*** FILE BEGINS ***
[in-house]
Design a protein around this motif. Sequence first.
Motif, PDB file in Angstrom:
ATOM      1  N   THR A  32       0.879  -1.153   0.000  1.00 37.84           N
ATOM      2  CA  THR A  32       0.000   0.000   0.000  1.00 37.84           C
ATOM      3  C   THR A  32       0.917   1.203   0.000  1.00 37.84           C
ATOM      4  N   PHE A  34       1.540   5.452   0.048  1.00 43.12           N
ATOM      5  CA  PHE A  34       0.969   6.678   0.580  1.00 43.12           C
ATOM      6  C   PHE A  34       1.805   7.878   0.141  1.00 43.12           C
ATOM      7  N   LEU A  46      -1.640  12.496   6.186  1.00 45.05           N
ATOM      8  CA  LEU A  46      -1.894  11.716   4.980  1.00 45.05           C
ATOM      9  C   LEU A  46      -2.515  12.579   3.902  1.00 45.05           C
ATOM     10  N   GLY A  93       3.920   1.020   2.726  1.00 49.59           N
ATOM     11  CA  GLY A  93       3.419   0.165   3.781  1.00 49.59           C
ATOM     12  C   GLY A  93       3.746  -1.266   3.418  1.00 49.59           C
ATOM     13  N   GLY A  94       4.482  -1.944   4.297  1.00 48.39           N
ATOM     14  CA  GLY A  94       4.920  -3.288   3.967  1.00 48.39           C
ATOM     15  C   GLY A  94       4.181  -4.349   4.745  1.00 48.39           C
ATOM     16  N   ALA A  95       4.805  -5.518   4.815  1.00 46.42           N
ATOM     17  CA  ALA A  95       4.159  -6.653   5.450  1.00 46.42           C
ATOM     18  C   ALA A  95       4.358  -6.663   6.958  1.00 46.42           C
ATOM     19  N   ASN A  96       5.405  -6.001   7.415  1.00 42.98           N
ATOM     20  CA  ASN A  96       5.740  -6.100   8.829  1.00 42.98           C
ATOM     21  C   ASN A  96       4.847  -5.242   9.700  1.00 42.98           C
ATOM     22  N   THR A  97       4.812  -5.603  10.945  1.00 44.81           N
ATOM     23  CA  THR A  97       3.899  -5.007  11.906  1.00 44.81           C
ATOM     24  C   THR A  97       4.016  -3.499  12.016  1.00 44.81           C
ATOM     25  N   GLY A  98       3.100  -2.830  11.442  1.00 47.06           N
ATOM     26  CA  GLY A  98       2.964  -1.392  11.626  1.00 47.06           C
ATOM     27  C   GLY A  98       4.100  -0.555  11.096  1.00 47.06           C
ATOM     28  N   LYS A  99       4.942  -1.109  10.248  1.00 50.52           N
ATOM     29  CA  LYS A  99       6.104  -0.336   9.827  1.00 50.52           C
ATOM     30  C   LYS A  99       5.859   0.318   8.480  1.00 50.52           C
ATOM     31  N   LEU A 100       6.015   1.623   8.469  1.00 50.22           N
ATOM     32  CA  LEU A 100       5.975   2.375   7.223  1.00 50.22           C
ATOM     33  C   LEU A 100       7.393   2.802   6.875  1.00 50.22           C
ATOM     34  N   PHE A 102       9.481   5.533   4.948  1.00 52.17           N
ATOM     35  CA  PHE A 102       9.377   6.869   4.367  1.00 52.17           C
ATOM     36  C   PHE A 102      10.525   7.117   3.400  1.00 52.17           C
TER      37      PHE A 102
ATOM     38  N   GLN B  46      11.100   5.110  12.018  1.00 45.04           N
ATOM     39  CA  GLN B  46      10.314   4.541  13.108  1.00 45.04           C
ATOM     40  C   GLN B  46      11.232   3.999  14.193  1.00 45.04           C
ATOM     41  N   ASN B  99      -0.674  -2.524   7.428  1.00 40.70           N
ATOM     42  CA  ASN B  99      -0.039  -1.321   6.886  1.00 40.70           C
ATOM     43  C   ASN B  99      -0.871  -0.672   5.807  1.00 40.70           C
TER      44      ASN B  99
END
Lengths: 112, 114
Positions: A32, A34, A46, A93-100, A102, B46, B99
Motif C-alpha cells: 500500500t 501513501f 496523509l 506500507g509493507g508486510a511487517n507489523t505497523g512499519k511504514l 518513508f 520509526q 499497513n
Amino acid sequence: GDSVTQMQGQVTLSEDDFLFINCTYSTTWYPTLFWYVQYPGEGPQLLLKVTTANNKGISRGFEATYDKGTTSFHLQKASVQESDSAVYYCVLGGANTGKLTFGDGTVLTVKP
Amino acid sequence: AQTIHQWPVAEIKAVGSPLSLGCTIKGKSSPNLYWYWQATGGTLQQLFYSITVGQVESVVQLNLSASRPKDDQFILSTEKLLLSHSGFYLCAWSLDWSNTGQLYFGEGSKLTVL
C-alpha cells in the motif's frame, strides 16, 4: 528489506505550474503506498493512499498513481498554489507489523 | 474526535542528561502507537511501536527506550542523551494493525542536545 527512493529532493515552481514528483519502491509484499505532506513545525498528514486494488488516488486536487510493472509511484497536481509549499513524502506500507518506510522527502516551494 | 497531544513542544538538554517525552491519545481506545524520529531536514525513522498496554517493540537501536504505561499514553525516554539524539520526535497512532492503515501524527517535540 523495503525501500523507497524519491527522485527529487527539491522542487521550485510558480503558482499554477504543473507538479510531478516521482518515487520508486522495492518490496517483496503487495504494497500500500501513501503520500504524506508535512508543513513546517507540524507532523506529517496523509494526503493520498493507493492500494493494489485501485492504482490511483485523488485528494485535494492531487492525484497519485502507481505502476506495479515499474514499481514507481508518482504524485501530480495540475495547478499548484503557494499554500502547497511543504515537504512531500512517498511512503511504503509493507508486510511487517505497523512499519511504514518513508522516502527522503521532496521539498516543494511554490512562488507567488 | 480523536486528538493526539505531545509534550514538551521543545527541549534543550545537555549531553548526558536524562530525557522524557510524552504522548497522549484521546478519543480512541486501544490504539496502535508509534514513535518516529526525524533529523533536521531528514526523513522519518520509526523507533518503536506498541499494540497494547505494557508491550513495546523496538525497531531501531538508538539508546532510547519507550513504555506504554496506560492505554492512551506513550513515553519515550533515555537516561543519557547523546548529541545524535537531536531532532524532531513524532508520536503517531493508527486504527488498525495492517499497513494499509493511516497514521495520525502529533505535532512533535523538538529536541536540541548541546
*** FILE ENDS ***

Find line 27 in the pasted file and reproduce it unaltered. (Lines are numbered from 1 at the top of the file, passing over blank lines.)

ATOM     24  C   THR A  97       4.016  -3.499  12.016  1.00 44.81           C